This is usually done so to maintain and control its growth as it can get quite dense. Pruning also helps your plant to get the correct airflow.
Advantages of Growing Bayberry Bush
The Bayberry Bush is very easy to grow and maintain.
The fruit is usually used to make things like candles, soaps, and waxes.
It is a great idea to create some homemade gifts for family and friends.
You can easily research how to make things such as candles once you have harvested the berries of your Bayberry plant.
The leaves of the Bayberry Bush, which are very similar to bay leaves, are a popular herb that can be used to flavor some of your yummy meals.
The Bayberry Bush is commonly a stunning addition to dried flower arrangements or wreaths at Christmas time.
There are many DIY opportunities when you have easy access to your Bayberry Bush.
The Bayberry Bush is classified as part of the astringent herbs.
Having antimicrobial capabilities, the Bayberry plant is used to treat common cold symptoms or sore throat, as well as an ingredient to produce mouthwash.
Powdered Bayberry root is useful for the treatment of digestive disorders such as diarrhea and colitis.
Some cosmetic products like shaving creams are also made from Bayberry wax.
Bayberry leaf tea is good for treating fevers and as a wash for itchy skin.
Bayberry Bush Pests, Diseases, and Problems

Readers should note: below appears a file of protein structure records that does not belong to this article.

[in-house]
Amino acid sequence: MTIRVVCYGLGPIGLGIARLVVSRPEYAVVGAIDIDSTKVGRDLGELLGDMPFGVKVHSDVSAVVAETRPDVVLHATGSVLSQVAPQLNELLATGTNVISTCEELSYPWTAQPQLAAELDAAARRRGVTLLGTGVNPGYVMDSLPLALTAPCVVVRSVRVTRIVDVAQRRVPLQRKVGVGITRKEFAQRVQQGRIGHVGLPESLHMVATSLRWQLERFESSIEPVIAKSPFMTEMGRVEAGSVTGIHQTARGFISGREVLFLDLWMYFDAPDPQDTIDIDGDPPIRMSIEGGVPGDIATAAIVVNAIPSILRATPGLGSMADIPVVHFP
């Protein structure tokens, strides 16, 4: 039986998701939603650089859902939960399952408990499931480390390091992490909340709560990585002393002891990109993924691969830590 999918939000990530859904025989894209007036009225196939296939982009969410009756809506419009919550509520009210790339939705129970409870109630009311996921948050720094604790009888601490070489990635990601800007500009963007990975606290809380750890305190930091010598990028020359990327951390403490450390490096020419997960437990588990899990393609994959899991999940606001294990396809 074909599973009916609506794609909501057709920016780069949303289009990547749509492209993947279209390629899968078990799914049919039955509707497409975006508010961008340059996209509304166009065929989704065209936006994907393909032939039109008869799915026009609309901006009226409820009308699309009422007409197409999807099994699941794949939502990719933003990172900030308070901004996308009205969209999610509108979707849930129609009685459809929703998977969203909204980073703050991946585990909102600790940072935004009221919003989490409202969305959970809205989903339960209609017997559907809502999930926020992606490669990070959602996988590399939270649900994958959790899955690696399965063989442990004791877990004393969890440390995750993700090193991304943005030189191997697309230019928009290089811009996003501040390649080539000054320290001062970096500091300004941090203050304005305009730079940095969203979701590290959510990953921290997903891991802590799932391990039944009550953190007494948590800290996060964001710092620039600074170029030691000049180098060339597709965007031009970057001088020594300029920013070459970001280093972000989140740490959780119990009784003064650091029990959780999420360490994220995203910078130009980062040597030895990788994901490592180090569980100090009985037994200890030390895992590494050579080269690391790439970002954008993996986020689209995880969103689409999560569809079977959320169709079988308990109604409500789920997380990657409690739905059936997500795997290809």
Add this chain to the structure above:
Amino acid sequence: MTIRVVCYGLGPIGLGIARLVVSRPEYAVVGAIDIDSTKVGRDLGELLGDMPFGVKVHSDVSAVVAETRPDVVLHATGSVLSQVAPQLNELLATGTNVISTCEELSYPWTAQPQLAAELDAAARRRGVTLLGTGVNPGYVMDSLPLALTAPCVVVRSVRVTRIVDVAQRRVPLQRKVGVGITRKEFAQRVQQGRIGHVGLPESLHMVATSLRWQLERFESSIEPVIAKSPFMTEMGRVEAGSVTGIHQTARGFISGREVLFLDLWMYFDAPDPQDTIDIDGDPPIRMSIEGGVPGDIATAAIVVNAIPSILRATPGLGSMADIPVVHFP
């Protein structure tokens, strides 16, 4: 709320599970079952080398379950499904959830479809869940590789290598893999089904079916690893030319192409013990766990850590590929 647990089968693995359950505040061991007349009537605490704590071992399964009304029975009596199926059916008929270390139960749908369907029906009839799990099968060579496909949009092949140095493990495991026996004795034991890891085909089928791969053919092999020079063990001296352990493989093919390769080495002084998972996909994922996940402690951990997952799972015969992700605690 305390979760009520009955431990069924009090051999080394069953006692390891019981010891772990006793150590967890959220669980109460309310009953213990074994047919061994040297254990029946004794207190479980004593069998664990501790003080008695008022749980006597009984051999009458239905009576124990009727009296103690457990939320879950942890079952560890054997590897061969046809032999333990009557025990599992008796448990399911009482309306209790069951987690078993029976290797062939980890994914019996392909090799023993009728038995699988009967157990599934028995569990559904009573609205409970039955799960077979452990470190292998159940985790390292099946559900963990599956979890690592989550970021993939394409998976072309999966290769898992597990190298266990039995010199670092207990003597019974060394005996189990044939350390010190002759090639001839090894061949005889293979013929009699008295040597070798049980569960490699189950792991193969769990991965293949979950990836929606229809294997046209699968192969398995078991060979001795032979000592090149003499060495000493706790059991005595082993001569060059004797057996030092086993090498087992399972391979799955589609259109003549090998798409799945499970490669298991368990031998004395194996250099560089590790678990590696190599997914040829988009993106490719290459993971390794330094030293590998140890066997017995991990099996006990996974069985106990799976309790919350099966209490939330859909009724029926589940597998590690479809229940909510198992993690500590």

Thankfully, the Bayberry Bush does not have too many problems.
Because this bush is fragrant, it rarely has pests or insects although, the common problem to watch out for is leaf spots.
Generally, leaf spots are caused by fungus or bacteria which infect the leaves of the plants.
If your plant is well established, leaf spots do not often ruin or destroy the plant, whereas if your plant is not well established, you might find it a little more difficult to recover your Bayberry Bush.
Identifying leaf spots is quite simple.
There will be various sized spots on your leaves that can be different colors such as brown, black or yellow.
Over time, some spots may grow and combine to make bigger spots.
This problem is quite easily taken care of.
You can simply remove the infected leaves as leaf spots do not infect the roots.
In most cases, the new foliage will be healthy and will not necessarily get leaf spots as well.